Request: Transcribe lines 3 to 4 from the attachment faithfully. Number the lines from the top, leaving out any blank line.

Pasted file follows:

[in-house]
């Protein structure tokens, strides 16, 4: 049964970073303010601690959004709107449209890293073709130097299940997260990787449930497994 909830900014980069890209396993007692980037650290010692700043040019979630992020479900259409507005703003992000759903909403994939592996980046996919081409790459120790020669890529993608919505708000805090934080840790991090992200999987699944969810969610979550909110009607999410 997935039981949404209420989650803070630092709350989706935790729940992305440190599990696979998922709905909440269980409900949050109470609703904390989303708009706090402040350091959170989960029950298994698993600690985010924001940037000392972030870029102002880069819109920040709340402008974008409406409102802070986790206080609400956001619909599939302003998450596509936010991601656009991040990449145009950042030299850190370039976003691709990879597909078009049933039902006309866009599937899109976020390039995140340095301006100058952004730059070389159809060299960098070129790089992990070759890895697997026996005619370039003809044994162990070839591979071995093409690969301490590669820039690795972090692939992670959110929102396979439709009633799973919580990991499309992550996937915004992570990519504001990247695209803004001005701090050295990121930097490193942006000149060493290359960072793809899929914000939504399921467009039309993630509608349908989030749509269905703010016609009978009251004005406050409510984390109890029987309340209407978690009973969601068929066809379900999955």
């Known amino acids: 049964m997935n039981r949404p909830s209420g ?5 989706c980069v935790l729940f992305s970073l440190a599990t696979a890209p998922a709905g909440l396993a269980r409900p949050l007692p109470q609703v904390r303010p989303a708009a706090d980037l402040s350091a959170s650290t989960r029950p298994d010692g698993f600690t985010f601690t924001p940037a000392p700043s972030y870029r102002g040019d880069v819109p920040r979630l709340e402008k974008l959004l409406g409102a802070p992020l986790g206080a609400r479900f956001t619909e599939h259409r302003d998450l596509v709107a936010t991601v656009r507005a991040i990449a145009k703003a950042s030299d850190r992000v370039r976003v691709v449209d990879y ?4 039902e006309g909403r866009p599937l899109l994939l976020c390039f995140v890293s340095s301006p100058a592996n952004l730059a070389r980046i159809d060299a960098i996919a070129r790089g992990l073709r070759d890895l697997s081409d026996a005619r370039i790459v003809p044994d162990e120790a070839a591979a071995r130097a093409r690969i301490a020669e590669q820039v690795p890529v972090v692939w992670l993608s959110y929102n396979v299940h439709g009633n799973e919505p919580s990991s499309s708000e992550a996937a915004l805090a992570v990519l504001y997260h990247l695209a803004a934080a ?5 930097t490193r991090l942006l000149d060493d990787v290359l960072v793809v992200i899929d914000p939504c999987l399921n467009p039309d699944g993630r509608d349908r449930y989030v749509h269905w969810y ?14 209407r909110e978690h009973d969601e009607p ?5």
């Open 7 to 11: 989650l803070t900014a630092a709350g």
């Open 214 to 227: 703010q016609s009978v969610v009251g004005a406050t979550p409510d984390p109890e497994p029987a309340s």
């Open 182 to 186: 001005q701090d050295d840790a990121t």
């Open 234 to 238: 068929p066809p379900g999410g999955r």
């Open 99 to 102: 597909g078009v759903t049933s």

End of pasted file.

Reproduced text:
């Known amino acids: 049964m997935n039981r949404p909830s209420g ?5 989706c980069v935790l729940f992305s970073l440190a599990t696979a890209p998922a709905g909440l396993a269980r409900p949050l007692p109470q609703v904390r303010p989303a708009a706090d980037l402040s350091a959170s650290t989960r029950p298994d010692g698993f600690t985010f601690t924001p940037a000392p700043s972030y870029r102002g040019d880069v819109p920040r979630l709340e402008k974008l959004l409406g409102a802070p992020l986790g206080a609400r479900f956001t619909e599939h259409r302003d998450l596509v709107a936010t991601v656009r507005a991040i990449a145009k703003a950042s030299d850190r992000v370039r976003v691709v449209d990879y ?4 039902e006309g909403r866009p599937l899109l994939l976020c390039f995140v890293s340095s301006p100058a592996n952004l730059a070389r980046i159809d060299a960098i996919a070129r790089g992990l073709r070759d890895l697997s081409d026996a005619r370039i790459v003809p044994d162990e120790a070839a591979a071995r130097a093409r690969i301490a020669e590669q820039v690795p890529v972090v692939w992670l993608s959110y929102n396979v299940h439709g009633n799973e919505p919580s990991s499309s708000e992550a996937a915004l805090a992570v990519l504001y997260h990247l695209a803004a934080a ?5 930097t490193r991090l942006l000149d060493d990787v290359l960072v793809v992200i899929d914000p939504c999987l399921n467009p039309d699944g993630r509608d349908r449930y989030v749509h269905w969810y ?14 209407r909110e978690h009973d969601e009607p ?5």
């Open 7 to 11: 989650l803070t900014a630092a709350g």